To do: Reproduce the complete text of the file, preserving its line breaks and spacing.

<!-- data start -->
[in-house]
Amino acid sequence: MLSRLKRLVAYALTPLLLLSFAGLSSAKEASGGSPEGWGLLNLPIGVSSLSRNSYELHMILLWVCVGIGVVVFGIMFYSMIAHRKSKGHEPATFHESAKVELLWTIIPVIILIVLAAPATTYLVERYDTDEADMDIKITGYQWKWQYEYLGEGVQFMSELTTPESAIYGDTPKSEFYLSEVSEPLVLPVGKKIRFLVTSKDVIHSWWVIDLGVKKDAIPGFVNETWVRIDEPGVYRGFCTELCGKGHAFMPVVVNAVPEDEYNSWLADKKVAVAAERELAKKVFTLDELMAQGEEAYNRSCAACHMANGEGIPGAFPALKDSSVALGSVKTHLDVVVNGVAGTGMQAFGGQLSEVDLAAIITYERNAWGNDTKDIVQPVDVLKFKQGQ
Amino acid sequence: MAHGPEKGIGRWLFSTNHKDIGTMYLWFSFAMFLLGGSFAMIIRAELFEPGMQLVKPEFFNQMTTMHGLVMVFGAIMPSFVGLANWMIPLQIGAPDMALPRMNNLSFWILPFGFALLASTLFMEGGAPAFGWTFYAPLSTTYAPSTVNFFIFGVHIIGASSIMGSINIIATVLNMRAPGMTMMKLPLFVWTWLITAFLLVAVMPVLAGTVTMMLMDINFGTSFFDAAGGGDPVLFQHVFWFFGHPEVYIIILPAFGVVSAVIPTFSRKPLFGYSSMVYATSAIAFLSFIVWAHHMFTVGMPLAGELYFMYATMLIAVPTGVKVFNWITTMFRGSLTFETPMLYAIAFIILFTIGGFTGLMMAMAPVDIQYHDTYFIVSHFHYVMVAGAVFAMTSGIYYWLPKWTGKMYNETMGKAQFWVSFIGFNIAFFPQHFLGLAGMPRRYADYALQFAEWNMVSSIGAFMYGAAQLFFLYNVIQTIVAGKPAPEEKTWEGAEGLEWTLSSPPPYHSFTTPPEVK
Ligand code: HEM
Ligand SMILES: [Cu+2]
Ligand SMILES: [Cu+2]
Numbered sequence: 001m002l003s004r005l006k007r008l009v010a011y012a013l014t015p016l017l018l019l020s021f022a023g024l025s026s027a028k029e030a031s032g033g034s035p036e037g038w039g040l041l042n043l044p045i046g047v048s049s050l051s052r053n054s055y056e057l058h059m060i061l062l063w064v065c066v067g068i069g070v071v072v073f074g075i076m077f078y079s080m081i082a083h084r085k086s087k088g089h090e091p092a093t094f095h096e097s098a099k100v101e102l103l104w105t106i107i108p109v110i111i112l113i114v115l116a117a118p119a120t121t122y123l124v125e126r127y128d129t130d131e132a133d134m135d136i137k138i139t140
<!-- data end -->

[in-house]
Amino acid sequence: MLSRLKRLVAYALTPLLLLSFAGLSSAKEASGGSPEGWGLLNLPIGVSSLSRNSYELHMILLWVCVGIGVVVFGIMFYSMIAHRKSKGHEPATFHESAKVELLWTIIPVIILIVLAAPATTYLVERYDTDEADMDIKITGYQWKWQYEYLGEGVQFMSELTTPESAIYGDTPKSEFYLSEVSEPLVLPVGKKIRFLVTSKDVIHSWWVIDLGVKKDAIPGFVNETWVRIDEPGVYRGFCTELCGKGHAFMPVVVNAVPEDEYNSWLADKKVAVAAERELAKKVFTLDELMAQGEEAYNRSCAACHMANGEGIPGAFPALKDSSVALGSVKTHLDVVVNGVAGTGMQAFGGQLSEVDLAAIITYERNAWGNDTKDIVQPVDVLKFKQGQ
Amino acid sequence: MAHGPEKGIGRWLFSTNHKDIGTMYLWFSFAMFLLGGSFAMIIRAELFEPGMQLVKPEFFNQMTTMHGLVMVFGAIMPSFVGLANWMIPLQIGAPDMALPRMNNLSFWILPFGFALLASTLFMEGGAPAFGWTFYAPLSTTYAPSTVNFFIFGVHIIGASSIMGSINIIATVLNMRAPGMTMMKLPLFVWTWLITAFLLVAVMPVLAGTVTMMLMDINFGTSFFDAAGGGDPVLFQHVFWFFGHPEVYIIILPAFGVVSAVIPTFSRKPLFGYSSMVYATSAIAFLSFIVWAHHMFTVGMPLAGELYFMYATMLIAVPTGVKVFNWITTMFRGSLTFETPMLYAIAFIILFTIGGFTGLMMAMAPVDIQYHDTYFIVSHFHYVMVAGAVFAMTSGIYYWLPKWTGKMYNETMGKAQFWVSFIGFNIAFFPQHFLGLAGMPRRYADYALQFAEWNMVSSIGAFMYGAAQLFFLYNVIQTIVAGKPAPEEKTWEGAEGLEWTLSSPPPYHSFTTPPEVK
Ligand code: HEM
Ligand SMILES: [Cu+2]
Ligand SMILES: [Cu+2]
Numbered sequence: 001m002l003s004r005l006k007r008l009v010a011y012a013l014t015p016l017l018l019l020s021f022a023g024l025s026s027a028k029e030a031s032g033g034s035p036e037g038w039g040l041l042n043l044p045i046g047v048s049s050l051s052r053n054s055y056e057l058h059m060i061l062l063w064v065c066v067g068i069g070v071v072v073f074g075i076m077f078y079s080m081i082a083h084r085k086s087k088g089h090e091p092a093t094f095h096e097s098a099k100v101e102l103l104w105t106i107i108p109v110i111i112l113i114v115l116a117a118p119a120t121t122y123l124v125e126r127y128d129t130d131e132a133d134m135d136i137k138i139t140